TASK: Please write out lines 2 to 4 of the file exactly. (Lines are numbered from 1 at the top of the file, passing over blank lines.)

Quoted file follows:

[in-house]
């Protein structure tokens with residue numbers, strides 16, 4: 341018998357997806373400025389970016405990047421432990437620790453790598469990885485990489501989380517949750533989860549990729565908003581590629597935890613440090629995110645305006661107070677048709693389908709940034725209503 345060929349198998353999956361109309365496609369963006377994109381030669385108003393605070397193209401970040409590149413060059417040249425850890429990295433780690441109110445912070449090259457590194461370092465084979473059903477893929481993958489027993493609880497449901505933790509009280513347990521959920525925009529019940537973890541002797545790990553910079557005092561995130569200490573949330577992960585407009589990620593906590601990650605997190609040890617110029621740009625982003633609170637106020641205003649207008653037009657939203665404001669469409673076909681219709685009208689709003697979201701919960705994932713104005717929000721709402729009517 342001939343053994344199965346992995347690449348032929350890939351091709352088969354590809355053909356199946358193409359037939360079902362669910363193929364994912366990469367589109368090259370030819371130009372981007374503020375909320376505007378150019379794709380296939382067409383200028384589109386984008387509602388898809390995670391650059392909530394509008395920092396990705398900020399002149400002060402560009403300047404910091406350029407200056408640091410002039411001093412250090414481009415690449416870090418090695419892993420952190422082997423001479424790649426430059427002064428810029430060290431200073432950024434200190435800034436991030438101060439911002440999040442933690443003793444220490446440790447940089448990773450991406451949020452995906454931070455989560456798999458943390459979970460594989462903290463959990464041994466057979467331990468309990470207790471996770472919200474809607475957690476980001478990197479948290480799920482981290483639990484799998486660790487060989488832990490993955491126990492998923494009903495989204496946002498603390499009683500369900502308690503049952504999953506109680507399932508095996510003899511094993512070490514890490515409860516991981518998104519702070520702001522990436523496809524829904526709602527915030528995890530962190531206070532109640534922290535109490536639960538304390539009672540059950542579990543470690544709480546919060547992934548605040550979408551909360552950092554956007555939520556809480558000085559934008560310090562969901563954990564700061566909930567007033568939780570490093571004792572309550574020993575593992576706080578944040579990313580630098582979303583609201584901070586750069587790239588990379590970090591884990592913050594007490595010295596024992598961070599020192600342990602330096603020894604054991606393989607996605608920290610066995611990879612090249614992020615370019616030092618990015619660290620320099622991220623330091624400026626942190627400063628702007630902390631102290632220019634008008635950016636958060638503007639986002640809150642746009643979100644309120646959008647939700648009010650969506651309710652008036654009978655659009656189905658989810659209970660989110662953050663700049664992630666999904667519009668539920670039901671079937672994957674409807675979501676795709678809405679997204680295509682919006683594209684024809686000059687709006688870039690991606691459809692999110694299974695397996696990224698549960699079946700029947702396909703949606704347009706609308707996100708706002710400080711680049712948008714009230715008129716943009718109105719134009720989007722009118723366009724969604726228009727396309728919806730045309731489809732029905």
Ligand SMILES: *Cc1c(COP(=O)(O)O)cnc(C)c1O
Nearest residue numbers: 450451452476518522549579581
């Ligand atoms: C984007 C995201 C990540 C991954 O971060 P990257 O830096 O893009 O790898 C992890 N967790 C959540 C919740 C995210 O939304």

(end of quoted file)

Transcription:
């Protein structure tokens with residue numbers, strides 16, 4: 341018998357997806373400025389970016405990047421432990437620790453790598469990885485990489501989380517949750533989860549990729565908003581590629597935890613440090629995110645305006661107070677048709693389908709940034725209503 345060929349198998353999956361109309365496609369963006377994109381030669385108003393605070397193209401970040409590149413060059417040249425850890429990295433780690441109110445912070449090259457590194461370092465084979473059903477893929481993958489027993493609880497449901505933790509009280513347990521959920525925009529019940537973890541002797545790990553910079557005092561995130569200490573949330577992960585407009589990620593906590601990650605997190609040890617110029621740009625982003633609170637106020641205003649207008653037009657939203665404001669469409673076909681219709685009208689709003697979201701919960705994932713104005717929000721709402729009517 342001939343053994344199965346992995347690449348032929350890939351091709352088969354590809355053909356199946358193409359037939360079902362669910363193929364994912366990469367589109368090259370030819371130009372981007374503020375909320376505007378150019379794709380296939382067409383200028384589109386984008387509602388898809390995670391650059392909530394509008395920092396990705398900020399002149400002060402560009403300047404910091406350029407200056408640091410002039411001093412250090414481009415690449416870090418090695419892993420952190422082997423001479424790649426430059427002064428810029430060290431200073432950024434200190435800034436991030438101060439911002440999040442933690443003793444220490446440790447940089448990773450991406451949020452995906454931070455989560456798999458943390459979970460594989462903290463959990464041994466057979467331990468309990470207790471996770472919200474809607475957690476980001478990197479948290480799920482981290483639990484799998486660790487060989488832990490993955491126990492998923494009903495989204496946002498603390499009683500369900502308690503049952504999953506109680507399932508095996510003899511094993512070490514890490515409860516991981518998104519702070520702001522990436523496809524829904526709602527915030528995890530962190531206070532109640534922290535109490536639960538304390539009672540059950542579990543470690544709480546919060547992934548605040550979408551909360552950092554956007555939520556809480558000085559934008560310090562969901563954990564700061566909930567007033568939780570490093571004792572309550574020993575593992576706080578944040579990313580630098582979303583609201584901070586750069587790239588990379590970090591884990592913050594007490595010295596024992598961070599020192600342990602330096603020894604054991606393989607996605608920290610066995611990879612090249614992020615370019616030092618990015619660290620320099622991220623330091624400026626942190627400063628702007630902390631102290632220019634008008635950016636958060638503007639986002640809150642746009643979100644309120646959008647939700648009010650969506651309710652008036654009978655659009656189905658989810659209970660989110662953050663700049664992630666999904667519009668539920670039901671079937672994957674409807675979501676795709678809405679997204680295509682919006683594209684024809686000059687709006688870039690991606691459809692999110694299974695397996696990224698549960699079946700029947702396909703949606704347009706609308707996100708706002710400080711680049712948008714009230715008129716943009718109105719134009720989007722009118723366009724969604726228009727396309728919806730045309731489809732029905």
Ligand SMILES: *Cc1c(COP(=O)(O)O)cnc(C)c1O
Nearest residue numbers: 450451452476518522549579581